In a sense, any book is blasphemous. Whenever someone reads Nineteen Eighty-Four, or The Ruba’iyat or Slaughterhouse-5, there sits someone who isn’t reading the Bible or the Koran. Even a holy book can be blasphemous, if it is interpreted wrongly or translated into the wrong language.
The Satanic Verses still seems more blasphemous than most. Twenty-three years after the book was published and burned and banned, its author Salman Rushdie has had to pull out of the Jaipur literary festival due to threats of assassination. Even a planned videolink address was pulled.
The novelist Hari Kunzru and the Indian writer Amitava Kumar decided, without telling the organisers, to highlight the ban at their afternoon event, and to read from Rushdie’s novel, in solidarity with the exiled novelist and with freedom of expression. Two other writers, at separate festival events, did the same.
It’s worth quoting from Kunzru’s statement at the festival.
Today, one of India’s greatest novelists, Salman Rushdie – a writer whose work enshrines doubt as a necessary and valueable ethical position – has been prevented from addressing this festival by those whose certainty leads them to believe that they have the right to kill anyone who opposes them. This kind of blind, violent certainty is in opposition to everything the festival stands for – openness, intellectual growth and the free exchange of ideas. There are many rights for which we should fight, but the right to protection from offense is not one of them. Freedom of speech is a foundational freedom, on which all others depend. Freedom of speech means the freedom to say unpopular, even shocking things. Without it, writers can have little impact on the culture. Unless we come out strongly in support of Rushdie’s right to be here, and to speak to us, we might as well shut the doors of this hall and go home.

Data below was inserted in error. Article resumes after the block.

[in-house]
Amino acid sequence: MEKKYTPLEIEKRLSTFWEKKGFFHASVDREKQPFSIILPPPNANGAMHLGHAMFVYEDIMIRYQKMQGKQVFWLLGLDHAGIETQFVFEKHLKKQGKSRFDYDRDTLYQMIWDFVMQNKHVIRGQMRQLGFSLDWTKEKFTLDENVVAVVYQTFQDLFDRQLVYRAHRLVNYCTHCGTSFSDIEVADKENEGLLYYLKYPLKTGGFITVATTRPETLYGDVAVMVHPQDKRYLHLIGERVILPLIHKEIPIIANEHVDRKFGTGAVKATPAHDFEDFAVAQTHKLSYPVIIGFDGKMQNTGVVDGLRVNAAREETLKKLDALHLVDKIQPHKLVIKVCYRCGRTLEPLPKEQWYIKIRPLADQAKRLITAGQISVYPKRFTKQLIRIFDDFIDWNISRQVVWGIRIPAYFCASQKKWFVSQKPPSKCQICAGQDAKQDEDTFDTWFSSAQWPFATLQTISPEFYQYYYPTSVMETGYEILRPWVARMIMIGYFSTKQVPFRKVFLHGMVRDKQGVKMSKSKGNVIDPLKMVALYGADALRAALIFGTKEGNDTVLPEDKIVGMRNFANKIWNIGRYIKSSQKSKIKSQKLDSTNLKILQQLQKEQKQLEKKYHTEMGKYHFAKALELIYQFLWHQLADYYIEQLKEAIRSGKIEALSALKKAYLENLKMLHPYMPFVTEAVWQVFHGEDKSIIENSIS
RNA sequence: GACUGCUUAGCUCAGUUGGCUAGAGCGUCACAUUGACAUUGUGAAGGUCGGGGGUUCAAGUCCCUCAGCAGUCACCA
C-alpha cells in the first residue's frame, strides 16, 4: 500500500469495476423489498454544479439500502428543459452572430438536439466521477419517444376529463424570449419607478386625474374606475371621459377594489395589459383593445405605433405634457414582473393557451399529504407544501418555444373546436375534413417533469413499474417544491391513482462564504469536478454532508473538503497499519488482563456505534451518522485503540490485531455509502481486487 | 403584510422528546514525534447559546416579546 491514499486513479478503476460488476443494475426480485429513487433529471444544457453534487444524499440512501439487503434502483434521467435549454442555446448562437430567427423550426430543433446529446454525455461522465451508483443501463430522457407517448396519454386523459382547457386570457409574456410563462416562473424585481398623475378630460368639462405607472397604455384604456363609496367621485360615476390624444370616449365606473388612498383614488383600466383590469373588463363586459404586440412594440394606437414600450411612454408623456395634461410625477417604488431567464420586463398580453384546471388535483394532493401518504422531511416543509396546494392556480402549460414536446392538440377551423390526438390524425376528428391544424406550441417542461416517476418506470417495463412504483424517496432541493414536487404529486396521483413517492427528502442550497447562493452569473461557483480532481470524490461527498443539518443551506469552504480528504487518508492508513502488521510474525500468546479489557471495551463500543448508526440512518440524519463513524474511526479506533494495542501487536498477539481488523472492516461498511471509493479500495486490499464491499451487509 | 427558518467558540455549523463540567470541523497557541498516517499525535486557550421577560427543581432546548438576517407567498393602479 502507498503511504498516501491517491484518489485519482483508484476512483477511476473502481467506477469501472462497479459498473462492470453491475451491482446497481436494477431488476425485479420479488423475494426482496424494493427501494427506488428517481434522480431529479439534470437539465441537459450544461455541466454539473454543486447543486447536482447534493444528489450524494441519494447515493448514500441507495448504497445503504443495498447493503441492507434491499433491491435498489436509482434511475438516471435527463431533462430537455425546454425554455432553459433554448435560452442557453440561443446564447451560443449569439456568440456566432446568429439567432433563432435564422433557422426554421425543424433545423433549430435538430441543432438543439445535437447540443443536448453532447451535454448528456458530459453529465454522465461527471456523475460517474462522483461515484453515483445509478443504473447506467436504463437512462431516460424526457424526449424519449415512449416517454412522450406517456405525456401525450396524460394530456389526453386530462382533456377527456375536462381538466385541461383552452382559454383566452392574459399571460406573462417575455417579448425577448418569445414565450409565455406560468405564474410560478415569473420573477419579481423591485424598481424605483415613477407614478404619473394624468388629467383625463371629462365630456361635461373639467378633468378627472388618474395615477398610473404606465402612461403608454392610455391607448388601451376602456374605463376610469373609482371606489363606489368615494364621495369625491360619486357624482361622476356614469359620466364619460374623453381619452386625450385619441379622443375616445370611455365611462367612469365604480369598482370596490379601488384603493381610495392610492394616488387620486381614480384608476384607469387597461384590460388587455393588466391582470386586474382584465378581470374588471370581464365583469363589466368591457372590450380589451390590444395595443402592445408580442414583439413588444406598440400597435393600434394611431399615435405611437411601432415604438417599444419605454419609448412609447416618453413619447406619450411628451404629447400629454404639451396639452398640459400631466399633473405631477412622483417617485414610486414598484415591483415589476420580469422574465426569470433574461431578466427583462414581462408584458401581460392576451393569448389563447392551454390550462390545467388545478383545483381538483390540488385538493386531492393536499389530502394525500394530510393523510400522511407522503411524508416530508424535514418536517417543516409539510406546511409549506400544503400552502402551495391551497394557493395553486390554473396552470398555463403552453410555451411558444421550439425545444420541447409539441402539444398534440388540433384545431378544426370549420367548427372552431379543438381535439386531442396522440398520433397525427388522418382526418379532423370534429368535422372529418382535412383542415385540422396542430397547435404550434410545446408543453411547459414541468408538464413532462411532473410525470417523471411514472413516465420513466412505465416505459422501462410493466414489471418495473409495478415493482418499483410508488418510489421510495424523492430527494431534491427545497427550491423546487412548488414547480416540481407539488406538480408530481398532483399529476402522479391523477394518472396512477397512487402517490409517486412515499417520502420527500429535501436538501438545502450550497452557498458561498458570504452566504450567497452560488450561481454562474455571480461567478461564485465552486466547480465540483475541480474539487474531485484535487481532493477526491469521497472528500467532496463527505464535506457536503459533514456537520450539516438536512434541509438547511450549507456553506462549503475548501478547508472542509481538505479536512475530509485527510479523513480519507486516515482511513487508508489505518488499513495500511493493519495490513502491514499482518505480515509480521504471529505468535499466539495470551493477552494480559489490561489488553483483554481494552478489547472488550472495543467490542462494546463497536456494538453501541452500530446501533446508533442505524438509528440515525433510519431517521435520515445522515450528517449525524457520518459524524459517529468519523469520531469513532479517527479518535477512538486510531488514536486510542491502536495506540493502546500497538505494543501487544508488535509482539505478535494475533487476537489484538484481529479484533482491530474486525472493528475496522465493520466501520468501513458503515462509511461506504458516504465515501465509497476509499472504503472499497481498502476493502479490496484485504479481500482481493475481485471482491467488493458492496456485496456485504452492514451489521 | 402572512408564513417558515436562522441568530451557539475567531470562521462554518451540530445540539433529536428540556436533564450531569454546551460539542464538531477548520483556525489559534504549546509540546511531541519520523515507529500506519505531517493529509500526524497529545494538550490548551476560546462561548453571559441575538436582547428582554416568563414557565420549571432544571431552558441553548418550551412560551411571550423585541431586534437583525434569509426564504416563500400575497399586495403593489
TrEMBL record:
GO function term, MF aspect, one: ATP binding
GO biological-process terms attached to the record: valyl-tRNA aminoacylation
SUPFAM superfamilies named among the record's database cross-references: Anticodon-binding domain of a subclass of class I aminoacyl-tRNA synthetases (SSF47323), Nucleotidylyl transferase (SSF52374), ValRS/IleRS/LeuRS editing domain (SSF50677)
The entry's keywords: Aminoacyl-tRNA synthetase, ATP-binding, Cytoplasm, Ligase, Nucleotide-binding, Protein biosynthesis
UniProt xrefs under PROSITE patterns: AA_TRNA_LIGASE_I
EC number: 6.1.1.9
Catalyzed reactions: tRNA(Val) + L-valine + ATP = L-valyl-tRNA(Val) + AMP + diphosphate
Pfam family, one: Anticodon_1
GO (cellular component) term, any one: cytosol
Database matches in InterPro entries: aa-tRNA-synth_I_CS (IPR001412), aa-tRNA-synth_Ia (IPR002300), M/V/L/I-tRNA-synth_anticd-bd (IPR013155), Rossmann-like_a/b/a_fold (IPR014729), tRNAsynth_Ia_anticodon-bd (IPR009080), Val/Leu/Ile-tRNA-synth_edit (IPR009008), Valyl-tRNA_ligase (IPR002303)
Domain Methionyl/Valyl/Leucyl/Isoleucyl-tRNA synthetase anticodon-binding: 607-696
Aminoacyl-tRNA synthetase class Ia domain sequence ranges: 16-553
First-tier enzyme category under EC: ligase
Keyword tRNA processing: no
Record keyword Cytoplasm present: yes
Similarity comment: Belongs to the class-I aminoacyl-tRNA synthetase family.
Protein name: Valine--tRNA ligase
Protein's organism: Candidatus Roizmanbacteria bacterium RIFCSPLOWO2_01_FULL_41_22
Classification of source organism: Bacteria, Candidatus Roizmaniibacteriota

After the event, journalists and officials descended on the venue in battalions. Kunzru was asked to sign a statement, drafted by a lawyer and the festival organisers, ‘making clear that the festival was not responsible for our actions.’ He was then advised to leave India immediately to avoid the risk of arrest.
The Jaipur organisers scrambled against this heresy. Kenan Malik describes the process:
The Festival organizers distanced themselves from what they called Kunzru and Kumar’s ‘unnecessary provocation’, and put pressure on other speakers not to follow suit. ‘Any action by any delegate or anyone else involved with the Festival that in any manner falls foul of the law will not be tolerated and all necessary, consequential action will be taken’, threatened a subsequent press release.
The press release states with prissy restraint that ‘certain delegates acted in a manner during their sessions today which were without the prior knowledge or consent of the organizers.’ Whatever next!
Freedom of speech is something that local government officers, festival organisers and arts admins say they value – right up until the point where it actually has to be defended.
It’s a feature of the Rushdie debate that so few of the censors and frothers actually bothered to read the work of fiction in question. The Iranian secularist Maryam Namazie has published an extract here, so I will too.
It happens: revelation. Like this: Mahound, still in his notsleep, becomes rigid, veins bulge in his neck, he clutches at his centre. No, no, nothing like an epileptic fit, it can’t be explained away that easily; what epileptic fit ever caused day to turn to night, cause clouds to mass overhead, caused the air to thicken into soup while an angel hung, scared silly, in the sky above the sufferer, held up like a kite on a golden thread… Gibreel begins to feel that strength that force, here it is at my own jaw working it, opening shutting, and the power, starting within Mahound, reaching up to my vocal chords and the voice comes.
Not my voice I’d never know such words I’m no classy speaker never was never will be but this isn’t my voice it’s a Voice.